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« Reply #52 on: November 07, 2018, 07:15:04 am »

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Are you sick of the bullshit from the sewer stream media spewed out from the usual Ken and Barby dickless talking point look a likes.

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« Reply #53 on: November 07, 2018, 07:23:16 am »

Quote
The president says Stacey Abrams is not qualified, but what he really means is she is not white.

what he really means is she is a fat black trash ugly commie pig libtard;D
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Kiwithrottlejockey
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« Reply #54 on: November 07, 2018, 10:22:05 am »

Quote
The president says Stacey Abrams is not qualified, but what he really means is she is not white.

what he really means is she is a fat black trash ugly commie pig libtard;D


Nah, what he really means in his fucked-up, mentally-retarded mind is “she's a nigger slut!”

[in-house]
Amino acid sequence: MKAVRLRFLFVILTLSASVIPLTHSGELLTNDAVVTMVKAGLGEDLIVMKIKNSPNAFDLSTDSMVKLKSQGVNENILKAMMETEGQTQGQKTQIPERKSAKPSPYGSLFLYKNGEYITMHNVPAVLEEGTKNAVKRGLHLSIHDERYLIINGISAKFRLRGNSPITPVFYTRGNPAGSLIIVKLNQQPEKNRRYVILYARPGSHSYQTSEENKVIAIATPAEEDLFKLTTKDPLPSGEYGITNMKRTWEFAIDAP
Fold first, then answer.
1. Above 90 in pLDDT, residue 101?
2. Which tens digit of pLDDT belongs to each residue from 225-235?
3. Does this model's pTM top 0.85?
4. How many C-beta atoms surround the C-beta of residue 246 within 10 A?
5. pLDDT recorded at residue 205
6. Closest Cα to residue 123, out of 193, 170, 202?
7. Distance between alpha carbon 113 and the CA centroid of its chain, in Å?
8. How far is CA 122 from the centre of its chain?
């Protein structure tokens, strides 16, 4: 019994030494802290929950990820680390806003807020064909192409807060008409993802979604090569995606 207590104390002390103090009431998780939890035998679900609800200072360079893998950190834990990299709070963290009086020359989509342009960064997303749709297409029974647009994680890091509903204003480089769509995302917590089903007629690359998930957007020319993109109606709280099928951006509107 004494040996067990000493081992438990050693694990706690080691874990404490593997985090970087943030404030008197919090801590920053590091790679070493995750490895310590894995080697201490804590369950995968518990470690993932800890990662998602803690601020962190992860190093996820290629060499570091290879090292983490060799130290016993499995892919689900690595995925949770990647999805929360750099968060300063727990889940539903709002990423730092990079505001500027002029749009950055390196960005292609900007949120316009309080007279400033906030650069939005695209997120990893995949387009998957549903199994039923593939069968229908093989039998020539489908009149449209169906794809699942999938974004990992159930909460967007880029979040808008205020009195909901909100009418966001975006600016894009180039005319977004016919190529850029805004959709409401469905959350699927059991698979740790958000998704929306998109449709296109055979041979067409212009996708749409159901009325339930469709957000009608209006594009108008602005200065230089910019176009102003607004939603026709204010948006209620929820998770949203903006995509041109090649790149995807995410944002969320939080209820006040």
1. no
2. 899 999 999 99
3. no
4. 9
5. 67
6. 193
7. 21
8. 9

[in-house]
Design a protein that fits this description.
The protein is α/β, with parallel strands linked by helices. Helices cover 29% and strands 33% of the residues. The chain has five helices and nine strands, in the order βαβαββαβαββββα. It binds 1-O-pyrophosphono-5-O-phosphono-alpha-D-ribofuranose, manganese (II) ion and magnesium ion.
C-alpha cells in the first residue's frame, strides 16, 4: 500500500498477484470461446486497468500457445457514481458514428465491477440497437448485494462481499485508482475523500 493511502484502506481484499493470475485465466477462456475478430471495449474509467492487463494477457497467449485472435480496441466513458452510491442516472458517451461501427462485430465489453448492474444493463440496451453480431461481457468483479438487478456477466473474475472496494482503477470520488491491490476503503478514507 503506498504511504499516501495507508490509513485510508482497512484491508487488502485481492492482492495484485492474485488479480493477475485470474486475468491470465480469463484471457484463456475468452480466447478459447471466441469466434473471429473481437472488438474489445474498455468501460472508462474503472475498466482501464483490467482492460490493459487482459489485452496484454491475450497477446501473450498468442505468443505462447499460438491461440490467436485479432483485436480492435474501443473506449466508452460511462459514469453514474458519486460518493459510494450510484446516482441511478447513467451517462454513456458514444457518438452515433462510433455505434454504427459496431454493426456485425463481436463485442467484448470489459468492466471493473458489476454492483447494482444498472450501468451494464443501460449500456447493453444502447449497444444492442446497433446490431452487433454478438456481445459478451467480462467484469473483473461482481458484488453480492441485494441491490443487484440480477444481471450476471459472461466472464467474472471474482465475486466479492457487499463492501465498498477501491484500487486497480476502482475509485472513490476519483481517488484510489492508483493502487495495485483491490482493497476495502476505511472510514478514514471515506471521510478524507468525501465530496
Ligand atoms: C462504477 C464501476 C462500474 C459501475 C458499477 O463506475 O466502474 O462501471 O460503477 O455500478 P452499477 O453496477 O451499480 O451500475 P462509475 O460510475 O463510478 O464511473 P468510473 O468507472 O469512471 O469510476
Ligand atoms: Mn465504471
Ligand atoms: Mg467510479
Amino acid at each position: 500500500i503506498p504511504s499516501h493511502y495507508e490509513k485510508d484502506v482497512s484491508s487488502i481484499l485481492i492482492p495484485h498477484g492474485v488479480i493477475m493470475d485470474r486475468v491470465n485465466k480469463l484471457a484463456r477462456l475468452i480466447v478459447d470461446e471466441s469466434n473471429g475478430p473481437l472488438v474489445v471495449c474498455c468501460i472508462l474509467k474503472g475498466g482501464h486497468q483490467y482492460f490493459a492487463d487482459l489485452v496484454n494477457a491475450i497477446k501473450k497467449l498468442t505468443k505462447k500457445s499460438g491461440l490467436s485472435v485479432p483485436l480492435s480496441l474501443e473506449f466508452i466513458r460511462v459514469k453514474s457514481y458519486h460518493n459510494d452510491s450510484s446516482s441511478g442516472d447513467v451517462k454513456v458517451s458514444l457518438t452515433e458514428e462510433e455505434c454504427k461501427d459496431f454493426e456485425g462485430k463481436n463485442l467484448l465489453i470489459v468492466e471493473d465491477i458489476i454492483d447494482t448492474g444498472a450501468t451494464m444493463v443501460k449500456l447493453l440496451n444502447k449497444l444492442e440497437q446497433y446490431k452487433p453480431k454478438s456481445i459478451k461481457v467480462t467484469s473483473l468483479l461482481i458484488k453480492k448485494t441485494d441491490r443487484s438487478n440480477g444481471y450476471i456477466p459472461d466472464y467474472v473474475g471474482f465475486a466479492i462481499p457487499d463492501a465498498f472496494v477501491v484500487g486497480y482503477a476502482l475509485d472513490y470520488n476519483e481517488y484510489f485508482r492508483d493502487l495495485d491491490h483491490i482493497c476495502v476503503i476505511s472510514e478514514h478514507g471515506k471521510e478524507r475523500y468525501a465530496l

In other words, Donald J. Trump is displaying that he is a racist arsehole who deserves to have a high-velocity bullet smash through his skull and tear his brain to pieces.
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« Reply #55 on: November 07, 2018, 10:55:29 am »


Yep, America is fucked alright (the world offers thanks Donald J. Trump for speeding up the decline of the U.S.A.)…



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« Reply #56 on: November 07, 2018, 11:05:28 am »



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« Reply #57 on: November 07, 2018, 07:04:24 pm »


The entertainment is about to begin.

Trump couldn't get legislation passed when Republicans held the majority in both Congress and the Senate.

So he definitely won't get legislation passed now the Democrats hold the majority in Congress.